3. Plot must consist of conflict, laid out in a series of what Elizabeth George calls dramatic dominoes. Plot contains high points, a climax and resolution. George pays particular attention to a novel’s opening which must establish a character’s emotional state, promise excitement, suggest conflict, theme and problems, describe the atmosphere and place and grab the reader with some sort of hook.
  4. Voice is a character’s defining way of speaking and thinking. Voice reflects background, education, social position, history, biases, desires and beliefs.
  5. Dialogue moves the plot forward, provides information about conflict, theme and plot, adds to tension, reveals character, and suggests subtext. It must also serve the action of the scene.

Elizabeth George offers further advice on plotting:

  • Plotting is what the characters do to deal with the situation they are in
  • You need conflict to have plot
  • Think of the events in the novel as dramatic dominoes; your scenes should tip from one domino to another to another.
  • Ensure you have high points of drama which will deeply involve the reader
  • You must have a climax and a climax within the climax
  • Your story needs resolution, a point where you tie the loose ends together and illustrate the nature of change that has occurred in the lives of your characters
  • Continually open up the story by creating scenes in which you lay down dramatic questions; make partial disclosures, answer one question but create another one
  • Play the information out with great care – don’t give things away too soon

What works for me is to briefly describe the idea of my story, then write down the themes I want to explore and areas of conflict between and amongst characters.

Then I build each scene from the following prompts:

  • Setting – where does the scene occur (remember that setting consists of atmosphere, landscape, landscape of the person and internal landscape)
  • Narrator – who has the primary voice in a given scene, the scene will unfold mainly from their perspective; what does the scene reveal about the characters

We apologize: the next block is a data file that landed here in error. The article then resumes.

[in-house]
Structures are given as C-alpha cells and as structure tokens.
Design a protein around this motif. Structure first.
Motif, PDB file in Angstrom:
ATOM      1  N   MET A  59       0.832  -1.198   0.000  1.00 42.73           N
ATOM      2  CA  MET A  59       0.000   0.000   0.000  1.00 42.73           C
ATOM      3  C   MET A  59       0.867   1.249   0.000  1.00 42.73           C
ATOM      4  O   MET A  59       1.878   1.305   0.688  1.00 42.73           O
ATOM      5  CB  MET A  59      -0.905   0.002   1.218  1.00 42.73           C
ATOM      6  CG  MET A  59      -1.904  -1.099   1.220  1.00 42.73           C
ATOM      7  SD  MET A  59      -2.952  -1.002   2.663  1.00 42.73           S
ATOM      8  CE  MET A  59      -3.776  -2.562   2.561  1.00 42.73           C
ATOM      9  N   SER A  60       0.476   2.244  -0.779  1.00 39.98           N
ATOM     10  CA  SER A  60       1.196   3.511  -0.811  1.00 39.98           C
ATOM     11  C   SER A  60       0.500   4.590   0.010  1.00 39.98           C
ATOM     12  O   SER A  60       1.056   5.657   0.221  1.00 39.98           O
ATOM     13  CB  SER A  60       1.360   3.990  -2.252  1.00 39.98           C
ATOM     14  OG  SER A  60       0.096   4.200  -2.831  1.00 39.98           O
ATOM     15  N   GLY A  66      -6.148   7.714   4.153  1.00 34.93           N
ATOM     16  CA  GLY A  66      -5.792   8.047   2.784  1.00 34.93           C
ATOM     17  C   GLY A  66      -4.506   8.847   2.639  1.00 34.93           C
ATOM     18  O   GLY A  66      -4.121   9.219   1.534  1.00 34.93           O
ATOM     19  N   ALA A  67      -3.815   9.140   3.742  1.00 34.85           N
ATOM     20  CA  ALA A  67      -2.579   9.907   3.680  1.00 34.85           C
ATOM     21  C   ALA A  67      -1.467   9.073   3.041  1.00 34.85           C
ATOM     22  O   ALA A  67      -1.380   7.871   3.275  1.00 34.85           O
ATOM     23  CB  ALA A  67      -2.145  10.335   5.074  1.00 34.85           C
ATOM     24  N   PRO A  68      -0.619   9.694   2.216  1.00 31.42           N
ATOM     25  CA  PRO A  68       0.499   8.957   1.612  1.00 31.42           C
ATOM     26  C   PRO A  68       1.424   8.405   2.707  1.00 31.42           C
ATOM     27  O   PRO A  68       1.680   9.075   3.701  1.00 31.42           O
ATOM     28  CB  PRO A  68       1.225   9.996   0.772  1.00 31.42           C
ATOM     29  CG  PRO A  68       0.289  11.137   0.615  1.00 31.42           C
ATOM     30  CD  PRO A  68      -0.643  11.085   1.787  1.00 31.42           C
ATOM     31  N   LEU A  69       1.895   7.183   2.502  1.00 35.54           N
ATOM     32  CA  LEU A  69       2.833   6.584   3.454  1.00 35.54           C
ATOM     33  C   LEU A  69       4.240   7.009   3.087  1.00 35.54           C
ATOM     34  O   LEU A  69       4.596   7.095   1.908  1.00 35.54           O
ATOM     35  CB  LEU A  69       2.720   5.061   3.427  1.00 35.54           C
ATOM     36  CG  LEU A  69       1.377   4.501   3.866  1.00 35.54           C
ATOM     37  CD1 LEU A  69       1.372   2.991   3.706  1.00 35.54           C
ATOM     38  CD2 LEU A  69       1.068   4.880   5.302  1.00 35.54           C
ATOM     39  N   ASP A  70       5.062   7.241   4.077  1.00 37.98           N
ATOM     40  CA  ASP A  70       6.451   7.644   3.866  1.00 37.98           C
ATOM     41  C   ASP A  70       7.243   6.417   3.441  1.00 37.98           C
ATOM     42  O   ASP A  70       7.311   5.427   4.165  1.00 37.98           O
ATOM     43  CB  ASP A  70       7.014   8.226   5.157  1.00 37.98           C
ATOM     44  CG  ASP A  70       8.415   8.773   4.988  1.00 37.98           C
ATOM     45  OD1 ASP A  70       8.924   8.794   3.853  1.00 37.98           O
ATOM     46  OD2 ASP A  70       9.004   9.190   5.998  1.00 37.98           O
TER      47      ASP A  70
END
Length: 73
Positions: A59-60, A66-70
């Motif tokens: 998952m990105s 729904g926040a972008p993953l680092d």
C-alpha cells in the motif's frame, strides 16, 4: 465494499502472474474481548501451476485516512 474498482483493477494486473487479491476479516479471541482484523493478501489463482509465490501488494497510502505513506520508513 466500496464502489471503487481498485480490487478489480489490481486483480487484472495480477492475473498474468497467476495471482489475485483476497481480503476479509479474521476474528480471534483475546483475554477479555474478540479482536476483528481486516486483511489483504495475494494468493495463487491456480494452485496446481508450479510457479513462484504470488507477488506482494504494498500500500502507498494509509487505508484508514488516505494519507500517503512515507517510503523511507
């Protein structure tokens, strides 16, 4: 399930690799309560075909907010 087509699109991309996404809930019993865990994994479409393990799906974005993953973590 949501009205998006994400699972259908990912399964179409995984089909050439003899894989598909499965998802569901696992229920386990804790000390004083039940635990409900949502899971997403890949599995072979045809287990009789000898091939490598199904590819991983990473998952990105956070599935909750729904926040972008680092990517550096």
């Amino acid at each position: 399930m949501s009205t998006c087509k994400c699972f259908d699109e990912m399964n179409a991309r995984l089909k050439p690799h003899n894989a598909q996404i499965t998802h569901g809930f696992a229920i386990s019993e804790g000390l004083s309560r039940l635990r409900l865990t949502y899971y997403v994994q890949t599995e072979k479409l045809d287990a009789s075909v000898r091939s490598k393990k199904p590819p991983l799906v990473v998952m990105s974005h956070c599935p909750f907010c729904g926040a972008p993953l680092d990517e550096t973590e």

• Basic Outline – I use bullet points consisting of two or three sentences
  • What are the dramatic dominoes? – which scenes are causally related to this scene; those scenes will follow, not necessarily immediately but at some point
  • What questions are left open? – what questions will the reader wonder about and turn the page to find the answers

These notes from Write Away help me outline the story while keeping these five elements ‘front and centre’. For me the writing then flows more easily and I can keep the bigger picture of the story in mind.

All of which does not mean that the process is quick or without many edits, but it does add coherence to my efforts. Guess I’m not a ‘seat of the pants’ kind of person.

FOR MORE ON READING & WRITING HISTORICAL FICTION follow A WRITER OF HISTORY (using the widget on the left sidebar)

M.K. Tod writes historical fiction and blogs about all aspects of the genre at A Writer of History. Her latest novel, LIES TOLD IN SILENCE is set in WWI France and is available from Amazon, NookKoboGoogle Play and iTunes. Her debut novel, UNRAVELLED: Two wars. Two affairs. One marriage. is also available from these retailers.

Mary can be contacted on Facebook, Twitter and Goodreads.